The Lorega boss says UK insurers are not safe from the financial crisis yet

The public outcry and media furore surrounding the banking world has led to a feeling among some in insurance that the storm clouds are, by enlarge, bypassing our industry. There is also the feeling that the credit crunch has actually done us a favour by elevating insurance from the bottom of the heap.

While these views are not without merit they have been formed during a sustained period of bad news. They are therefore a bit on the optimistic side. Granted this does seem to be a high water mark for how the industry is perceived in comparison with banking. However, in these volatile times that could all end in a heartbeat as the industry is at risk of the kind of shocks that have seen banking get a public mauling.

While we in insurance may like to think we are getting away with it, the reality is the effects of the credit crunch have in some cases forced some UK insurers to take drastic action. Make no mistake, right now many insurers are grappling with issues that threaten their very existence. It is entirely possible that a UK insurer may yet fall over. Before you even get into the state of some insurers balance sheets, and the stock market reaction to their dabbling in the subprime debacle, at the heart of the problem lies a model that, to put it bluntly, is now flawed financially.

In this current economic climate investment income cannot make poor results respectable. Farewell to the era when combined operating ratios of 105% were not a problem because investment income would bring them down into the 90s. With the stock market in tatters and interest rates at a historic low, many insurers are having to retrench. In part this means pushing through rate increases but this is failing to stop their retention rates from sliding while the newer players, unburdened by legacy issues, mop up.

The other drastic measures some insurers are engaging in are large scale job losses. This is not about streamlining the service to make them leaner and more effective. Indeed it is hard to see how service can possibly improve with a reduced workforce so service will suffer even more. There is also a limit to the number of jobs insurers can outsource and offshore. Given the poor reception and media coverage this has received to date, I doubt whether further announcements would go down too well so I would suggest they have already reached that limit.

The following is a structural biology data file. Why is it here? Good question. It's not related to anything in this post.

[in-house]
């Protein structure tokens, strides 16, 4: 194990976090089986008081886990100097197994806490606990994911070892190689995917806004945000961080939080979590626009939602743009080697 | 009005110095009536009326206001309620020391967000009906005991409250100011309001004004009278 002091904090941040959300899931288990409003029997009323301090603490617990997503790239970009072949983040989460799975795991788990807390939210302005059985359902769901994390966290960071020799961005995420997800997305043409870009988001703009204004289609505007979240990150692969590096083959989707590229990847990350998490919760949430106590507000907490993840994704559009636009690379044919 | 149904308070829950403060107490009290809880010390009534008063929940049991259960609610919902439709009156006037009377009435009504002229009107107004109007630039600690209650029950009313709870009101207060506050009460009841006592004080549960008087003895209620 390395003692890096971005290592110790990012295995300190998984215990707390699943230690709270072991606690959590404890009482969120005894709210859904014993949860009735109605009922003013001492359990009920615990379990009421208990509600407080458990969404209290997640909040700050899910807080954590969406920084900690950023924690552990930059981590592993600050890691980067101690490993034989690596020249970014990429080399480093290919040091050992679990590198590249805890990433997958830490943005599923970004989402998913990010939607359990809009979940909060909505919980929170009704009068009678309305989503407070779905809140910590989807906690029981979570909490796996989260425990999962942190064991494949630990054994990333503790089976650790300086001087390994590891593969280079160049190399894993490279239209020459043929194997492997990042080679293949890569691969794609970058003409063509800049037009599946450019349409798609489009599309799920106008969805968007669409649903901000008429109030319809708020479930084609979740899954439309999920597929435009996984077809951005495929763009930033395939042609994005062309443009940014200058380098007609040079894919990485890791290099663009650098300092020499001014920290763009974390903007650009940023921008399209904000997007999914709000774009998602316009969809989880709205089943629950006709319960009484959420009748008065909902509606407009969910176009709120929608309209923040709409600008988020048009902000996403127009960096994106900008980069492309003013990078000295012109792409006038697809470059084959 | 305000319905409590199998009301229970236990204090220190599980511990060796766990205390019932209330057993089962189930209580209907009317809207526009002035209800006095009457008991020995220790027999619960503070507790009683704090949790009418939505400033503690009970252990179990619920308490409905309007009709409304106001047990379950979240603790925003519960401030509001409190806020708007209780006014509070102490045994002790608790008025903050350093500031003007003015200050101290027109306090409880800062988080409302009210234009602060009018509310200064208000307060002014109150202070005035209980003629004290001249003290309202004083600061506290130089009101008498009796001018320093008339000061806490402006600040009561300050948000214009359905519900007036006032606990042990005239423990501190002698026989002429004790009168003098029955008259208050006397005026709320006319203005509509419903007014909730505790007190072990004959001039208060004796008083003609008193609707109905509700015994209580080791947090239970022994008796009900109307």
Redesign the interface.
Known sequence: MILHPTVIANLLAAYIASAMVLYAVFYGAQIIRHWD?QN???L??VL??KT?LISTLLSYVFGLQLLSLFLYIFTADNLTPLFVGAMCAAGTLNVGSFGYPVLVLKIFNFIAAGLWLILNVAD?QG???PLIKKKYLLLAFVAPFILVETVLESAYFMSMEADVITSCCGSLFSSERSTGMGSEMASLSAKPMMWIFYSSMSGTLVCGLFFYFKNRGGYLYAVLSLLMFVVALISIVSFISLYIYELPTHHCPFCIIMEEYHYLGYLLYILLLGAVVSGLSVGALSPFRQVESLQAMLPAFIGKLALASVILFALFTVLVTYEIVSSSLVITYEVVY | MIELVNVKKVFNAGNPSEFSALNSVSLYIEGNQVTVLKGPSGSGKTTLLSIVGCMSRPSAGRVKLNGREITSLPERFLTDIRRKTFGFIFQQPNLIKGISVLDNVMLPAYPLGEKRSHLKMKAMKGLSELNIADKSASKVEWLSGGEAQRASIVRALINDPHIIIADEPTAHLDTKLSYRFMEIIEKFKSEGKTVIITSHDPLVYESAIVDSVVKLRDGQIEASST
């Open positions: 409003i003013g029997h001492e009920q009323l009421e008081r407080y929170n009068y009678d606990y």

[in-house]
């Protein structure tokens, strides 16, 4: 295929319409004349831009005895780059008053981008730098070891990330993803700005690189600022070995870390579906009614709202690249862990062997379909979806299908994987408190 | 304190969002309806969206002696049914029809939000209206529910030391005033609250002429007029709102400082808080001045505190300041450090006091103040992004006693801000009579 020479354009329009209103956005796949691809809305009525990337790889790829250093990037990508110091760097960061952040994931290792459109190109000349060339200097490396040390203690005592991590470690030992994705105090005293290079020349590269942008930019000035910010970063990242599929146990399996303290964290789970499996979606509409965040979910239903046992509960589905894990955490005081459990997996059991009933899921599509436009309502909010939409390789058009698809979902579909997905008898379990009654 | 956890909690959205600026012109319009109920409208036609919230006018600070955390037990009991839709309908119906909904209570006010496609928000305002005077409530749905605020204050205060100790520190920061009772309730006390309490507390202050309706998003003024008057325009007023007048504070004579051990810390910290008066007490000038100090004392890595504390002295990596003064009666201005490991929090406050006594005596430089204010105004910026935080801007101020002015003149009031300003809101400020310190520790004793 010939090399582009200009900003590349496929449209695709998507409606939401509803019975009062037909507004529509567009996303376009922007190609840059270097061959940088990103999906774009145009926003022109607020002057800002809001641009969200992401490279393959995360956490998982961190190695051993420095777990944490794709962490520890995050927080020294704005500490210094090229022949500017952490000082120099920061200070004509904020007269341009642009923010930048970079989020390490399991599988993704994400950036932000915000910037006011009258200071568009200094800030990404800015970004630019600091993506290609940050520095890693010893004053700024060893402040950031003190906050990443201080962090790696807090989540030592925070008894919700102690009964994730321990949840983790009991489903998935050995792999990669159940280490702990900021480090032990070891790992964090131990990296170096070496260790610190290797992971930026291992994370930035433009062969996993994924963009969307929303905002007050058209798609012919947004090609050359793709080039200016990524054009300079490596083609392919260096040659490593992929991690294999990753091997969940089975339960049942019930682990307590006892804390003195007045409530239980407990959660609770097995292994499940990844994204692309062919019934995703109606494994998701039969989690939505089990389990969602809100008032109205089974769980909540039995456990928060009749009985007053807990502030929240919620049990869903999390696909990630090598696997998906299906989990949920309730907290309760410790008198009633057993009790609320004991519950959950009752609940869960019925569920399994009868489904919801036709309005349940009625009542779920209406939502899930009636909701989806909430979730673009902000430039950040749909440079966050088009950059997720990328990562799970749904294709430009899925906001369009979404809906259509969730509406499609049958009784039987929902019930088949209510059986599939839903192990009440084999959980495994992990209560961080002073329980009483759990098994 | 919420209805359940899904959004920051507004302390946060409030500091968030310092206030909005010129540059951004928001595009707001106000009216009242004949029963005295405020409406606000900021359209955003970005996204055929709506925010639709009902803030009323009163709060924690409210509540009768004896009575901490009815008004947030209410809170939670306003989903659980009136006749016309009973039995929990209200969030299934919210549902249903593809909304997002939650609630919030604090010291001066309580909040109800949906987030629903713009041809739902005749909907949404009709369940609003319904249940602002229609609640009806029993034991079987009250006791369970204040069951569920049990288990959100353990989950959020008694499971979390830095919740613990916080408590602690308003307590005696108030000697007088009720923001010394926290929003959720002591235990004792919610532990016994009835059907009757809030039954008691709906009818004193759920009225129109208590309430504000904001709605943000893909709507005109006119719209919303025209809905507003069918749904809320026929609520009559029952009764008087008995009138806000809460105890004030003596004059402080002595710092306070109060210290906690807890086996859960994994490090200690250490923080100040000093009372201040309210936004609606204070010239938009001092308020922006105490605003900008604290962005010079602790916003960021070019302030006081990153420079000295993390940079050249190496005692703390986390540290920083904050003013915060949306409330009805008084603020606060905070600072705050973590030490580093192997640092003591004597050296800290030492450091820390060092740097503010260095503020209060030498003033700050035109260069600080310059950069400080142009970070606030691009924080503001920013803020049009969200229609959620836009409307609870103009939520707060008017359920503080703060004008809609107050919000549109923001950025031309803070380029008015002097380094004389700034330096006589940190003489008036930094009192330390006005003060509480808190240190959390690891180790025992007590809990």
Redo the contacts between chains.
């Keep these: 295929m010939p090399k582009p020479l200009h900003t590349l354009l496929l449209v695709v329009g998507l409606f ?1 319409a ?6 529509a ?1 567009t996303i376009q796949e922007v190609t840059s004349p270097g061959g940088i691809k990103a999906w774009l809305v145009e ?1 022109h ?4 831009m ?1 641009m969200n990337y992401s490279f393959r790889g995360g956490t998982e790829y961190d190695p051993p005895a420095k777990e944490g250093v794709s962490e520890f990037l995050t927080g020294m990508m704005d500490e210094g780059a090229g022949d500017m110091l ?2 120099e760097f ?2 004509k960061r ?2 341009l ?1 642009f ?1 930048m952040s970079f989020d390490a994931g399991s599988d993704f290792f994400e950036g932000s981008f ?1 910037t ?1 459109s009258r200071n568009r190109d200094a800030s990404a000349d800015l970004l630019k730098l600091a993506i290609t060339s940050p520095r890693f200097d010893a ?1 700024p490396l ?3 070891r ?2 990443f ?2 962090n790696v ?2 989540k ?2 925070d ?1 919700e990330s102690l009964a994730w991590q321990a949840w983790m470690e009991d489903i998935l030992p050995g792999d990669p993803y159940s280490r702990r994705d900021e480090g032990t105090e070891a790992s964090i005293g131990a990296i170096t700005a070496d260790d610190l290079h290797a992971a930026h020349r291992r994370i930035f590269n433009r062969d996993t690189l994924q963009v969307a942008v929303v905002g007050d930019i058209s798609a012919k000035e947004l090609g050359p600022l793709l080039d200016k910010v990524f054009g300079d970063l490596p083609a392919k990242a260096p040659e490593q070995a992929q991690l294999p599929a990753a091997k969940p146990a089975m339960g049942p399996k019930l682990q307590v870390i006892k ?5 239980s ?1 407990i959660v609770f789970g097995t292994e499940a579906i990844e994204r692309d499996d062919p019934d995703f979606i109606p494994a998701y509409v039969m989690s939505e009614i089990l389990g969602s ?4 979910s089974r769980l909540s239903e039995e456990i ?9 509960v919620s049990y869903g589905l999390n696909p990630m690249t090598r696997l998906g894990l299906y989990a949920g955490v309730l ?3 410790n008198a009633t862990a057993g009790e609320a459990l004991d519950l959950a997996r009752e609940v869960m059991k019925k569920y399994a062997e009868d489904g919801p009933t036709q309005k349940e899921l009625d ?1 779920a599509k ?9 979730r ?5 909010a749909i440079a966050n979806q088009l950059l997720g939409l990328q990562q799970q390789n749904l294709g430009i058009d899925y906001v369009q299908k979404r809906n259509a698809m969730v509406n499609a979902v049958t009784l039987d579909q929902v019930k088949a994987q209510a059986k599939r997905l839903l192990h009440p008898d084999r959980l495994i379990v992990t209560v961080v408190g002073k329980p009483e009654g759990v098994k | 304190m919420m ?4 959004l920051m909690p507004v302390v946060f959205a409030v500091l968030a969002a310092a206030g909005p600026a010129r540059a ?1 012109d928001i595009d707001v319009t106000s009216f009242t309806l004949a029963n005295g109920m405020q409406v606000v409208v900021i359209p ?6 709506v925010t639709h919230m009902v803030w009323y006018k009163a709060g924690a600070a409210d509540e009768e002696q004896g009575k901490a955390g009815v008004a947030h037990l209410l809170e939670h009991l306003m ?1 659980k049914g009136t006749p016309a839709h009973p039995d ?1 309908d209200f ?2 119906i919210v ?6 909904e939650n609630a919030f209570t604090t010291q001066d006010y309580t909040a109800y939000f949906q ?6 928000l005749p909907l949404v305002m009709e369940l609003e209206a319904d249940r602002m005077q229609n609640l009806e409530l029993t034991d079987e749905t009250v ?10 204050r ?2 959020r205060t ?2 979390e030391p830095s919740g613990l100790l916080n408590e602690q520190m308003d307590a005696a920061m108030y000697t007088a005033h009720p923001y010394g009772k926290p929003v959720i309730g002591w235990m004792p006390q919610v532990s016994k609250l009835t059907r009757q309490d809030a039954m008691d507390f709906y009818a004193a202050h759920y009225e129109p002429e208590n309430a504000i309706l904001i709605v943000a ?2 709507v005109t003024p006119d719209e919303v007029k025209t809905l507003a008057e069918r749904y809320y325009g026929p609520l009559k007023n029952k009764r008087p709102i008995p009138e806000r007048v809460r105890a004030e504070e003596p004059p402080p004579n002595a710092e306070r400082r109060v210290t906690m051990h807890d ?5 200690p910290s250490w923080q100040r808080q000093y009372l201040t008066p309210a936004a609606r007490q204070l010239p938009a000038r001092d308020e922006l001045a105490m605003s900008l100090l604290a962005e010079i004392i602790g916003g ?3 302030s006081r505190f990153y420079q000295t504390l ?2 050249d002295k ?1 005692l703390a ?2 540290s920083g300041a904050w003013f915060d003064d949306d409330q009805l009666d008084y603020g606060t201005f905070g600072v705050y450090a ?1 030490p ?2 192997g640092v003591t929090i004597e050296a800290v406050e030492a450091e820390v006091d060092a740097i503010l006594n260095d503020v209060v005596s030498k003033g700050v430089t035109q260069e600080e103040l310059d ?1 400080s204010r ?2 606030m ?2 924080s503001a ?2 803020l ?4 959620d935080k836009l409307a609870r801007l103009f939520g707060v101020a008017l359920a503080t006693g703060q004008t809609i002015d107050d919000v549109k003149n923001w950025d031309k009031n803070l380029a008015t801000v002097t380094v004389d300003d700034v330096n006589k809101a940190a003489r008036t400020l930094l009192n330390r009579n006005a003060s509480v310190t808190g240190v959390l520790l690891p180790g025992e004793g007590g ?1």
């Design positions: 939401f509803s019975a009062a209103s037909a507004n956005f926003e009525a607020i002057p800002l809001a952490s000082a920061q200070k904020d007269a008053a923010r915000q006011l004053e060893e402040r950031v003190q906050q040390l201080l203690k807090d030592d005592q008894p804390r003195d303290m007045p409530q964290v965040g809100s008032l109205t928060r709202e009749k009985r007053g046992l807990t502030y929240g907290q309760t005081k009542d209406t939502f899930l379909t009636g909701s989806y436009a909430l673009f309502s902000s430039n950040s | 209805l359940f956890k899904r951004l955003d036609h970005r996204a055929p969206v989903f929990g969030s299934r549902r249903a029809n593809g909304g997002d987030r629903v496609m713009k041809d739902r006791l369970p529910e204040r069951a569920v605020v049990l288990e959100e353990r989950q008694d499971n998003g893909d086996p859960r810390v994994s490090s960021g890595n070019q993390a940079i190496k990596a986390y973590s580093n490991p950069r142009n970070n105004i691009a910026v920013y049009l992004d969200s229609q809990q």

One major area where an insurer could save money is the amount the pay out in claims. Already rumours are circulating about adjusting companies that are being targeted on reduction of claim quantum. If true, this is about as far away from TCF as it’s possible to get...

So despite the common view that the current economic turmoil is mostly affecting banking, many insurers are having to make radical savings in their outgoings to endure the crisis. No doubt the vast majority of insurers will survive but at what cost to the customer? It’s not a question of if it gets bad for the consumer; it’s a question of when and to what degree. I think it is a great shame that the opportunity to seize the moment and genuinely improve how insurance is regarded, in all likelihood, will be squandered because many insurers are wedded to a model that is not effective in this current climate.

John Sims is chief executive of Lorega.